Navy clean up rub­bish


‘‘The en­vi­ron­ment is re­ally im­por­tant to us and we need to sus­tain it ... We need to change our at­ti­tudes.’’

Car parts, re­frig­er­a­tors, ovens, ‘‘any­thing you can think of, it’s here’’, Hay­den Smith said.

Smith, founder of vol­un­teer marine restoration group Sea Clean­ers, was help­ing pick up rub­bish in Otara’s Up­per Ta­maki Strait on Sun­day.

The group teamed up with the Royal New Zealand Navy (RNZN) who pro­vided 115 ju­nior of­fi­cers and sailors for some ex­tra mus­cle power.

Auck­land Mayor Phil Goff was also lend­ing a help­ing hand.

It’s the sec­ond year the RNZN has taken part in the ini­tia­tive which is part of its humanitarian aid train­ing.

The op­er­a­tion col­lected around 50,000 litres of rub­bish. Lo­cal schools will con­tinue to take on a guardian­ship role of the wa­ter­ways to keep them clean.

Smith, who re­cently won Ki­wibank’s New Zealand Lo­cal Hero Award, said clean­ing up estuaries and coast­lines was about cre­at­ing har­bours for the fu­ture.

‘‘Our goal since 2002 has been to clean up Auck­land’s wa­ter­ways, but also pro­vide a pub­lic in­for­ma­tion and ed­u­ca­tion pro­gramme that will hope­fully pre­vent fu­ture gen­er­a­tions from lit­ter­ing and dump­ing rub­bish,’’ he said.

Sea Clean­ers co-founder Ben Harris said the dump­ing of car tyres and shop­ping trol­leys is be­com­ing more of a prob­lem.

A re­cent clean-up in the Pahure­hure In­let col­lected more than 1000 tyres, he said.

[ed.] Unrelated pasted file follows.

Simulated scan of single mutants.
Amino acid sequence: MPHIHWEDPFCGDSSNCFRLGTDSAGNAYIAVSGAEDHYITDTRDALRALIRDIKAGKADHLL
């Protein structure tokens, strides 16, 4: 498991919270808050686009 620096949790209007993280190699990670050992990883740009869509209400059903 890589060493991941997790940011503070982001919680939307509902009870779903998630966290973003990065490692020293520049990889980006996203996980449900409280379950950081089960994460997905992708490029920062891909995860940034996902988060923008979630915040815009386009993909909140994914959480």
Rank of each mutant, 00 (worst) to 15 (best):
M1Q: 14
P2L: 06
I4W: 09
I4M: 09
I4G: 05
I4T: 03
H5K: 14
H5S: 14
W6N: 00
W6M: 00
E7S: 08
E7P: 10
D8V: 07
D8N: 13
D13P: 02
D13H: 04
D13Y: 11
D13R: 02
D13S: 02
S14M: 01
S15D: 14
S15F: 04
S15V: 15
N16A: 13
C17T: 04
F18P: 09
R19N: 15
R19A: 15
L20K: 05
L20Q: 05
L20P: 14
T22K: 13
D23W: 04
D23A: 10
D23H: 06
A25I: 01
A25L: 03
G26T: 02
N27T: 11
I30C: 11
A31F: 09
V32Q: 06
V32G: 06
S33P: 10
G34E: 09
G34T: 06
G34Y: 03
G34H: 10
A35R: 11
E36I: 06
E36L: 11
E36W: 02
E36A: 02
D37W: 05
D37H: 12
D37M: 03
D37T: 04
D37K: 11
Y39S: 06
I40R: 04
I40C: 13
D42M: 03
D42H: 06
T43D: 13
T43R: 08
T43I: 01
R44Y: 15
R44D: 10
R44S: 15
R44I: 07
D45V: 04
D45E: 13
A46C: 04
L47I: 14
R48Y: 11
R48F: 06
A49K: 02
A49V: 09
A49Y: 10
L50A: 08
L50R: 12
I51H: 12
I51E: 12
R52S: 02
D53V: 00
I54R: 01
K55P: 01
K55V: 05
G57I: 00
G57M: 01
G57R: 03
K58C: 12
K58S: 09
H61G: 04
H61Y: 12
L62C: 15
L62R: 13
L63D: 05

Phil Goff said there was ex­cuse’’ for dump­ing rub­bish. ’’no

‘‘The en­vi­ron­ment is re­ally im­por­tant to us and we need to sus­tain it ... We need to change our at­ti­tudes,’’ he said.

RNZN War­rant Of­fi­cer Kramer Pierce said be­ing part of the project re­ally res­onates with Navy per­son­nel.

’’We were in­volved with Sea Clean­ers last year as part of the Navy’s 75th cel­e­bra­tions and while it was hard work it was also in­cred­i­bly re­ward­ing for our of­fi­cers and sailors.

‘‘Not just be­cause of the amount of junk and rub­bish we cleaned up that wasn’t go­ing any fur­ther into the gulf, but be­cause it proved to be an ex­cel­lent bond­ing ex­pe­ri­ence,’’ he said.

Sea Clean­ers has re­moved over 4.5 mil­lion litres of plas­tic rub­bish and de­bris from New Zealand’s seas, oceans and wa­ter­ways since work be­gan, which equates to 150 ship­ping con­tain­ers filled with loose lit­ter, or 35 mil­lion in­di­vid­ual pieces of rub­bish.


Sea Clean­ers teamed up with the Navy to pick up rub­bish from the Up­per Ta­maki Strait in Otara.

Newspapers in English

Newspapers from New Zealand

© PressReader. All rights reserved.